US Rep. Wexton, a Democrat, won't seek reelection to Congress after new medical diagnosis

FILE - Rep. Jennifer Wexton, D-Va., speaks with reporters, Oct. 20, 2022, in Leesburg, Va. Wexton announced Monday, Sept. 18, 2023, that she won't seek reelection in her competitive district in the northern Virginia suburbs of Washington after learning she has a severe form of Parkinson's disease. (AP Photo/Matthew Barakat, File)

FALLS CHURCH, Va. (AP) — U.S. Rep. Jennifer Wexton, a Democrat, announced Monday she won't seek reelection in her competitive district in the northern Virginia suburbs of Washington after learning she has a severe form of Parkinson's disease.

Wexton announced in April that she had been diagnosed with Parkinson's and that she planned to continue her work in Congress. On Monday, she said she received a modified diagnosis of progressive supra-nuclear palsy, which she described as “a kind of ‘Parkinson’s on steroids.”

“I want to be honest with you now – this new diagnosis is a tough one,” Wexton said in her statement, “There is no ‘getting better’ with PSP. I’ll continue treatment options to manage my symptoms, but they don’t work as well.”

Wexton said she received the new diagnosis after feeling like she wasn't responding well to treatment and noticing that the women in her Parkinson's support group were having a different experience.

She plans to continue serving the rest of her term, which runs through 2024.

“I’m heartbroken to have to give up something I have loved after so many years of serving my community,” she said.

An open seat in the district — which became slightly more conservative in the last redistricting process, according to an analysis by the nonpartisan Virginia Public Access Project — could set up a competitive race with implications for party control of the U.S. House in 2024.

Wexton was a prosecutor and state legislator before she was elected to Congress in 2018. She defeated Republican Rep. Barbara Comstock with 56% of the vote in a year when the GOP faced a backlash from suburban voters disappointed with then-President Donald Trump.

She won with 53% of the vote in 2022.

Virginia's 10th Congressional District, where Wexton serves, is centered in Loudoun County, an outer suburb of the nation's capital. Loudoun tilts slightly Democratic but has a long history of switching support between political parties. In recent years, the county has been a flashpoint in confrontations over education issues, from school closures and in-person learning during the pandemic to questions over the treatment of transgender students and library books.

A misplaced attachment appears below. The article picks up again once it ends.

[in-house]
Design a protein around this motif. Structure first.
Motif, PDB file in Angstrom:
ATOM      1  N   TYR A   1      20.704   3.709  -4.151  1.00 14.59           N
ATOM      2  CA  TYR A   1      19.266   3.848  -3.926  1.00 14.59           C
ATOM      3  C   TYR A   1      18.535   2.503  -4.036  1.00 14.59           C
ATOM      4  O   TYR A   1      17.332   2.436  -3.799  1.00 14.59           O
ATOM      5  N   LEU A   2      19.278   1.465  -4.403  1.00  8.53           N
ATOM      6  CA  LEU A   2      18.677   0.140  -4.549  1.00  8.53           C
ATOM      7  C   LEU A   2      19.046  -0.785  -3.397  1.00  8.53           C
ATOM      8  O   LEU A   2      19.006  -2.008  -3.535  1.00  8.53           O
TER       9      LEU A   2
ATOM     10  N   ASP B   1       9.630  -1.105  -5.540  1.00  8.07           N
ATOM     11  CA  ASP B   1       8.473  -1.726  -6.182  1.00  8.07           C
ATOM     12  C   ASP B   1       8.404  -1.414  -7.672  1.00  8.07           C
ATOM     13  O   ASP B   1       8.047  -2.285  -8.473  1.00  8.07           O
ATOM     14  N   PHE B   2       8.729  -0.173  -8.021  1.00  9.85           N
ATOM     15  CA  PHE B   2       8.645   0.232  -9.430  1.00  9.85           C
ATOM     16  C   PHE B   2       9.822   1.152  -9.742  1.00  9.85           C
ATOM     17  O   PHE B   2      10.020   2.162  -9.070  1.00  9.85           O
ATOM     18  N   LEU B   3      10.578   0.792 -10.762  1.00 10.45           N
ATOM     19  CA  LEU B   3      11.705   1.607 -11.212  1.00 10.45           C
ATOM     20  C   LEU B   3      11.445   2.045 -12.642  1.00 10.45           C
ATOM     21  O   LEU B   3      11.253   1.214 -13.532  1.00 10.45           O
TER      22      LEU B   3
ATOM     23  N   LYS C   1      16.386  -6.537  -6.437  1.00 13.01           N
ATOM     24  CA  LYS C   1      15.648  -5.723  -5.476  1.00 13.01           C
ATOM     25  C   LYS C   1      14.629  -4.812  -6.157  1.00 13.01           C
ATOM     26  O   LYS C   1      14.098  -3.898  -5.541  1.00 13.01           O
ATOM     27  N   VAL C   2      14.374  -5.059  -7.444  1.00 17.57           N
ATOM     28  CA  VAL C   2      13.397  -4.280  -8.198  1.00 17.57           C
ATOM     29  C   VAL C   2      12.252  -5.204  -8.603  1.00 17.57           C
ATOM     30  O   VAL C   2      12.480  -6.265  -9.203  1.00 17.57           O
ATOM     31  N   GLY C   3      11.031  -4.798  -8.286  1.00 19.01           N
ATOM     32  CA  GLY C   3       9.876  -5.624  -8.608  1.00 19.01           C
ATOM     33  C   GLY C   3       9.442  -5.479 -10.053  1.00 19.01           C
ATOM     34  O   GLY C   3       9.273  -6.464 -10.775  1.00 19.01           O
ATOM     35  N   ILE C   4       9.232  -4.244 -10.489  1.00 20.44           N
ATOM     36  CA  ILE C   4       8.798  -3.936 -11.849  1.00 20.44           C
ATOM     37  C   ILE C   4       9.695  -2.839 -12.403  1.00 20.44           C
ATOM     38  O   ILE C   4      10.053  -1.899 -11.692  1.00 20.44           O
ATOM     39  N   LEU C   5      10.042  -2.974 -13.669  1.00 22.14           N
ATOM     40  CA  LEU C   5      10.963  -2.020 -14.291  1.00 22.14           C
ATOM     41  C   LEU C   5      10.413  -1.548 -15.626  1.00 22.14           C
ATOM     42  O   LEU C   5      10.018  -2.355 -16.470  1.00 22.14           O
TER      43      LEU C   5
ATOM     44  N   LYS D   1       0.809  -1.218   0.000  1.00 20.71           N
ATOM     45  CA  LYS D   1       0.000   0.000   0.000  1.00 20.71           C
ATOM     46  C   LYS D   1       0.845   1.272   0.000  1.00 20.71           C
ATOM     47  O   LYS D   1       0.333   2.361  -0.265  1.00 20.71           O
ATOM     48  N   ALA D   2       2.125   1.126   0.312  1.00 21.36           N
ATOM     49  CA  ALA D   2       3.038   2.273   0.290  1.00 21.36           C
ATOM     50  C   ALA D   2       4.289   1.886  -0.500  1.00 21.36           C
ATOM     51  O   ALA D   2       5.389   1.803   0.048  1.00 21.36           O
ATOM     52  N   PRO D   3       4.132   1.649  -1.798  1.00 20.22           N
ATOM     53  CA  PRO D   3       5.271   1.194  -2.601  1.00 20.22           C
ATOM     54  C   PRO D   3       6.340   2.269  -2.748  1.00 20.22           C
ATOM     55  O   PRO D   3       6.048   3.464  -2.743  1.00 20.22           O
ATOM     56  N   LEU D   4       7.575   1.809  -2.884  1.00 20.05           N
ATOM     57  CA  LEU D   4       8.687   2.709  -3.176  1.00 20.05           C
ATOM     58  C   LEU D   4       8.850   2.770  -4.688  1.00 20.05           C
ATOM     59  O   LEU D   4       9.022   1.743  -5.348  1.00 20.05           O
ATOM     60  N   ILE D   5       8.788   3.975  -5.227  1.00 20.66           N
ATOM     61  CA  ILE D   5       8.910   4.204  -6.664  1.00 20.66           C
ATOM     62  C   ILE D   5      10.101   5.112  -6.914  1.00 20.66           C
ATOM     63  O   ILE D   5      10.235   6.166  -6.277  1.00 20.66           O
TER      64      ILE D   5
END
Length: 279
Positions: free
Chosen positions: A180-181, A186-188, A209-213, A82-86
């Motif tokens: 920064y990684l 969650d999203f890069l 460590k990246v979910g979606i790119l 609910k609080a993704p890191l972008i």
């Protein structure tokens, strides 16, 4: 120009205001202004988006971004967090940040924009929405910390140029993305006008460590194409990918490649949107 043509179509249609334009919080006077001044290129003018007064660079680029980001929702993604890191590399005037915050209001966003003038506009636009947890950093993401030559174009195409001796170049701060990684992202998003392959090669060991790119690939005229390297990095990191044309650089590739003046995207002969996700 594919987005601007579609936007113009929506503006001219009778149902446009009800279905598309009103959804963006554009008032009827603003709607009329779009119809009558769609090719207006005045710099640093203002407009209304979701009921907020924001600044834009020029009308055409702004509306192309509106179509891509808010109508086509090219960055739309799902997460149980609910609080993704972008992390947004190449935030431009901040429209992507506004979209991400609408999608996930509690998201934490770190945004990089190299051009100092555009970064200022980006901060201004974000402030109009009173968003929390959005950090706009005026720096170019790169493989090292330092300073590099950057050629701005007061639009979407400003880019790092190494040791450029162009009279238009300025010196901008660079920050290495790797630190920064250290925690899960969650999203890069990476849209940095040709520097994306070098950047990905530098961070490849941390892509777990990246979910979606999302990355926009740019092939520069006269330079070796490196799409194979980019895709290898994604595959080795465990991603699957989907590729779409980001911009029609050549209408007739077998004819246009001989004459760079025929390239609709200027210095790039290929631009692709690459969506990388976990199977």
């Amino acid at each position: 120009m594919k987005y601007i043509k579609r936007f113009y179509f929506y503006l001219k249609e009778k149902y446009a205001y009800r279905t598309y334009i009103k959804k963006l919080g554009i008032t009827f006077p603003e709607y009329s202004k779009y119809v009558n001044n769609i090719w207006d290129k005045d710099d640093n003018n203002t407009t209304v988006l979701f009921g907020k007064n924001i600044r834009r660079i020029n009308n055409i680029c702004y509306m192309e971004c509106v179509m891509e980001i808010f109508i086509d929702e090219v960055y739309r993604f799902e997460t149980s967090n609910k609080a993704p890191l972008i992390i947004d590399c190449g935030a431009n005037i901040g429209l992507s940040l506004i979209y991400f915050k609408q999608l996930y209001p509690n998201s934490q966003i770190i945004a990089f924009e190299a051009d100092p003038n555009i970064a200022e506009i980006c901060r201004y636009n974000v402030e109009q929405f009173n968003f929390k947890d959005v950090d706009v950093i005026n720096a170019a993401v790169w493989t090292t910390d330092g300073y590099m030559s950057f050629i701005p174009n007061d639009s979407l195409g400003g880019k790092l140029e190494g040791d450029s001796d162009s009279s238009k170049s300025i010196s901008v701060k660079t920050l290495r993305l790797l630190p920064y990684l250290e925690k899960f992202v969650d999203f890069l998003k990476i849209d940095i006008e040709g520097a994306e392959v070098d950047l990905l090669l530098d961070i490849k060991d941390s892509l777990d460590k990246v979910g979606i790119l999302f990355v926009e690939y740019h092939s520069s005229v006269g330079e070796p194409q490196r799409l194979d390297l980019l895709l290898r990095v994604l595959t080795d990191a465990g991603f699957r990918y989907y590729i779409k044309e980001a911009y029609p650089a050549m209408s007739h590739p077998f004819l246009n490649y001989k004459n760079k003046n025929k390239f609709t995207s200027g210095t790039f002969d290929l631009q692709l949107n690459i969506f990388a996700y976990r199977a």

Wexton’s announcement means Virginia Democrats could be losing incumbents in the two most closely contested districts they hold. In the 7th District, between Washington and Richmond, speculation is strong that Abigail Spanberger will not seek reelection next year and will instead run for governor in 2025.

Spanberger was also elected in 2018 and has always won narrowly, with anywhere from from 50% to 52% of the vote.

Parkinson’s disease is a brain disorder that causes unintended or uncontrollable movements, such as shaking, stiffness and difficulty with balance and coordination. The symptoms and rate of progression differ among individuals. Early symptoms of this disease are subtle and occur gradually, according to the National Institute on Aging.

Progressive supranuclear palsy is a form of atypical parkinsonian syndrome, also known as a Parkinson-plus disorder, according to the National Institutes of Health.

Wexton's colleagues reacted to the news with sadness and words of support. Fellow northerm Virginia House Democrat Don Beyer said in a statement, “When Jennifer joined the House five years ago her future seemed limitless. Now she has been robbed of much of that future with medical news that is tragic and deeply unfair.”

The state party's chairwoman, Susan Swecker, said Wexton's “years of dedicated public service and tireless advancement of LGBTQ civil rights, gun safety reform, labor rights, and affordable healthcare have immeasurably improved the lives of all Virginians.”


Associated Press writer Sarah Rankin contributed to this report from Richmond, Virginia.